A cancer diagnosis is usually the last thing a 24-year-old expects to hear from her doctor. But according to the National Cancer Institute, more than 72,000 adolescents and young adults (ages 15-39) will hear the words "you have cancer" each year in the United States. Danielle Wilson was one of those young adults.
Danielle is the mother of a 3-year-old little girl and had the biggest scare of her life earlier this year when she was diagnosed with kidney cancer and underwent surgery to remove her kidney.
She lives in Utica, Ohio and is currently studying social work at Central Ohio Technical College and has plans to go to Mount Vernon Nazarene College next year to complete her studies. Cancer was not part a part of her plan.
But cancer was no stranger to Danielle. Many members of her family have had cancer including her grandmother, grandfather, mother, and sister. She has watched family members fight cancer, and has faced her own battle.This is her story:
In December of 2009 I kept having pains in my upper right adnominal that went around to the side. I made an appointment with my family physician, Dr. Brent Ogle in Mount Vernon, Ohio. I told him what was going on and he sent me to the hospital for a CAT scan. I received a call from the doctor a few hours later and he said that I had some kidney stones and that they also see a mass on my right kidney. At this point my stomach dropped and my nerves hit the roof. I was so scared! He said they were going to make me an appointment with urology at Ohio State University Hospital (OSU) in Columbus, Ohio.
A week later, I was seen by Dr. Box at the urology clinic in the OSU urology department. He told me he thought I just had a cyst and it could be drained. So my hopes went back up because I thought it was nothing too serious to worry about. Then before I left his office, he wanted to get an ultrasound of my kidney and do some blood work to be on the safe side.
Later that day I received a call from the urology department saying I needed to come back in as soon as possible to speak with the doctor. I was so nervous again at this point. When I arrived at the clinic the next day he said they had found a tumor on my right kidney. He told me it was my choice to go ahead and have surgery and just remove the tumor. I told him yes, get it out of there.
I had surgery on January 29, 2010. I had just turned 24 on Dec 28, 2009. I could not believe this was happening to me. Dr. Box told me it is very rare for a young person to have kidney problems and even more rare for a female. He said most of his patients he has seen are over the age of 40 and are male. I was so nervous before surgery all I kept thinking is, I do not want to die. I have to be here for my daughter and she needs her mommy. I would cry myself to sleep every night for the three weeks while I was waiting for my surgery to arrive.
When I arrived at the hospital they took me in a room and had me undress and get ready for surgery. They told me I was having laparoscopic surgery and that would be quicker recovery for me. My doctors said he was going to try and save half of my kidney. They were going to use the robotics machines to do the surgery. I ended up being in surgery for ten and a half hours because when they went in to do the laparoscopic surgery, they could not because the tumor was sitting on my blood stream. They ended up having to cut me open and remove the whole kidney.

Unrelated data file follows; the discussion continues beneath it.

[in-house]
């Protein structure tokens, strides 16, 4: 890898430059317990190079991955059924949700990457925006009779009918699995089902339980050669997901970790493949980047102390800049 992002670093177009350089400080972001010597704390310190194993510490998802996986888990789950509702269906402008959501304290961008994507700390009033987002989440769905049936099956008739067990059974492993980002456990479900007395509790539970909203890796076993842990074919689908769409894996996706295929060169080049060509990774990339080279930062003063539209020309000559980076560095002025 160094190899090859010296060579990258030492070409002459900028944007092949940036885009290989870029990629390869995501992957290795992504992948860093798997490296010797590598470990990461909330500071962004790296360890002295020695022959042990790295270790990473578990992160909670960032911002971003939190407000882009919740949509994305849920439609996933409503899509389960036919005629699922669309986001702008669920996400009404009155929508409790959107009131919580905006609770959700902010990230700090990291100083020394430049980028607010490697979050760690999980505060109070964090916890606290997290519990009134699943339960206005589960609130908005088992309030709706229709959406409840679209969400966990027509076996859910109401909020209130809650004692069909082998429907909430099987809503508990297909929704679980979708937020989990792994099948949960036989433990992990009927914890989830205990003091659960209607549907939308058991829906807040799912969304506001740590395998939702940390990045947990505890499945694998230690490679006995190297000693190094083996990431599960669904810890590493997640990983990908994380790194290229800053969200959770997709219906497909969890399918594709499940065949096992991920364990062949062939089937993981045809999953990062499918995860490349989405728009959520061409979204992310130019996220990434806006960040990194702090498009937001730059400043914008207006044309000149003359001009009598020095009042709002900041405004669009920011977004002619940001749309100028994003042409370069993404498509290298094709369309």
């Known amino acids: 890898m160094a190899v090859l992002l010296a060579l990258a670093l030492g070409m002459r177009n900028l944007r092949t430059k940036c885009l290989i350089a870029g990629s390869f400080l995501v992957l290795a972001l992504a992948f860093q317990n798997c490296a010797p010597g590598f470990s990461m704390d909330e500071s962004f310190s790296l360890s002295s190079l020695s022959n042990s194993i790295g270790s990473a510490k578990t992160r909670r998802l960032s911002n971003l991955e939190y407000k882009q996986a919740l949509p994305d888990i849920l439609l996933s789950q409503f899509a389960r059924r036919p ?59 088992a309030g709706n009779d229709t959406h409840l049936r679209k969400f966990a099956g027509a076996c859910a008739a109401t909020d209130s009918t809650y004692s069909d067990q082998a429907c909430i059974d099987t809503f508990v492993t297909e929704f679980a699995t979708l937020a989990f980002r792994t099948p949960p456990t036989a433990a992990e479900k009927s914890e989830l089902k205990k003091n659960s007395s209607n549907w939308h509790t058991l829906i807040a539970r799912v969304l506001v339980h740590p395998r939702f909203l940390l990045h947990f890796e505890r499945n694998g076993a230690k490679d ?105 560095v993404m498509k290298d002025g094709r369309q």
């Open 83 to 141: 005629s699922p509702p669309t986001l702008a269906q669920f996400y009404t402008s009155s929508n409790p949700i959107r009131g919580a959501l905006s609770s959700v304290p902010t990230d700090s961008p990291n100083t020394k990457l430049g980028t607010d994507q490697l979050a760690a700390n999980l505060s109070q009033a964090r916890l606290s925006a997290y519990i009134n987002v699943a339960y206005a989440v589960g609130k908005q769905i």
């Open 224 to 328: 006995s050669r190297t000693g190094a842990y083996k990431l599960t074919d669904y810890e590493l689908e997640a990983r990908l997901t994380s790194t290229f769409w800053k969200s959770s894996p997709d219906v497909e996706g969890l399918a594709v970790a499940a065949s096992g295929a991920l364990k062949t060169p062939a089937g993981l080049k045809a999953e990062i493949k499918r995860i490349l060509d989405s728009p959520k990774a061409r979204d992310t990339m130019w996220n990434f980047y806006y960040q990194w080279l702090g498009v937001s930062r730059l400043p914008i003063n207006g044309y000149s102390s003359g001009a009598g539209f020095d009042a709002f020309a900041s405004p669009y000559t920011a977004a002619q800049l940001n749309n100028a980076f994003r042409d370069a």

When I woke up in recovery my left leg was so sore because they had me laying on it for 10 hours with no movement. They did blood work and said I had some muscle detereation in my leg. I had five incisions on my stomach. The one that hurt the worst was from the open surgery. It was so painful. This was probably the most painful surgery I have ever had. I was in the hospital for about a week. I was sent home on a walker and used it for about a month after surgery. Overall, the surgery went well though. My incisions healed great and the doctor said they removed all the cancer.
While in the hospital I received the pathology report and it said I had a very rare type kidney cancer. I had mucinous stimel cell carcinoma. My doctor said they have my file saved on their desktop to study this type of cancer because this is something they usually only read about. They don’t get to see it and study it. He told me it was a very rare type of cancer but the one good thing is, it usually does not come back. He told me to make an appointment for a three month check up. I did this and I canceled it twice because my nerves were so scared to go in and talk to him because I was afraid of getting bad news. Finally, on June 8, 2010, I made myself go see Dr. Box. He told me everything was looking good and they did an X-ray and told me if the results come back fine then to come back in six months for another check up.
I don’t think being diagnosed with cancer changed my life too much. It just made me more aware of making sure I drink more water and trying to keep my one kidney healthy. It does worry me that the other kidney will go bad and I will die, but I try not to think about it. My friends and family were very helpful to me after the surgery. Everyone now just can’t believe what I went through, being so young. I am just trying to look into the future and know that I’ll be okay and that I will be here for my daughter and myself. I think my cancer changed my mom the most. She is always worrying about what I am doing to and with my body and always giving me advice because she is so scared she will lose her little girl.
I am cancer free now! Thank the Lord! The only advice I can give to anyone who is on this journey of kidney cancer is to pray that everything will be alright and have faith. Just keep your head up and think positive! You can make it through this! Also, remember the best support you can have is from friends, family, and support groups.